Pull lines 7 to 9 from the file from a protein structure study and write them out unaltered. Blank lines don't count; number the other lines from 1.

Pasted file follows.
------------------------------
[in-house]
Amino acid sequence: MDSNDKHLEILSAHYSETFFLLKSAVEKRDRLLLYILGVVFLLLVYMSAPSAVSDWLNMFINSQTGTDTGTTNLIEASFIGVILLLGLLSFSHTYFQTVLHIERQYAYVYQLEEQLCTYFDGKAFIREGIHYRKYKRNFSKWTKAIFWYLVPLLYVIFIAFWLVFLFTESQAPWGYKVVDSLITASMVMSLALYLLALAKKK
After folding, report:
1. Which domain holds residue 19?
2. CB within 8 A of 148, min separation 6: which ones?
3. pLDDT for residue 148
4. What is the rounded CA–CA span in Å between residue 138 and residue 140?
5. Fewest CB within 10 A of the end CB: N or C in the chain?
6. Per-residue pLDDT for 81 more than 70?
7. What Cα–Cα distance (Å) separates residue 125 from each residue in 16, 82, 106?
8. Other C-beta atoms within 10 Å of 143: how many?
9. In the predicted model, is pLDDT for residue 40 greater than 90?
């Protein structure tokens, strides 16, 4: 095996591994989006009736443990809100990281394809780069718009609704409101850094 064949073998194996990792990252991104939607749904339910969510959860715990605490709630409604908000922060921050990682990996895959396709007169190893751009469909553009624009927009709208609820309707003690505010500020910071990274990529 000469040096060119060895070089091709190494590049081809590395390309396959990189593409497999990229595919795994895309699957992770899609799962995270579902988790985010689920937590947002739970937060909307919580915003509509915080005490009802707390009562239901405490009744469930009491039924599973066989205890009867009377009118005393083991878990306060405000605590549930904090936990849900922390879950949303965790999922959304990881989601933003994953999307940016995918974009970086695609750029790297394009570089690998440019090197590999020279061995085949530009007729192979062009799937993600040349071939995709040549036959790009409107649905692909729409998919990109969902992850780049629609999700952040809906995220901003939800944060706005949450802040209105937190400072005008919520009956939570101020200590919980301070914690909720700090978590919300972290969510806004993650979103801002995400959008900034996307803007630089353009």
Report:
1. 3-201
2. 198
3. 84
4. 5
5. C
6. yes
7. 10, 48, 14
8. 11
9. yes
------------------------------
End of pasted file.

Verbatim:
4. What is the rounded CA–CA span in Å between residue 138 and residue 140?
5. Fewest CB within 10 A of the end CB: N or C in the chain?
6. Per-residue pLDDT for 81 more than 70?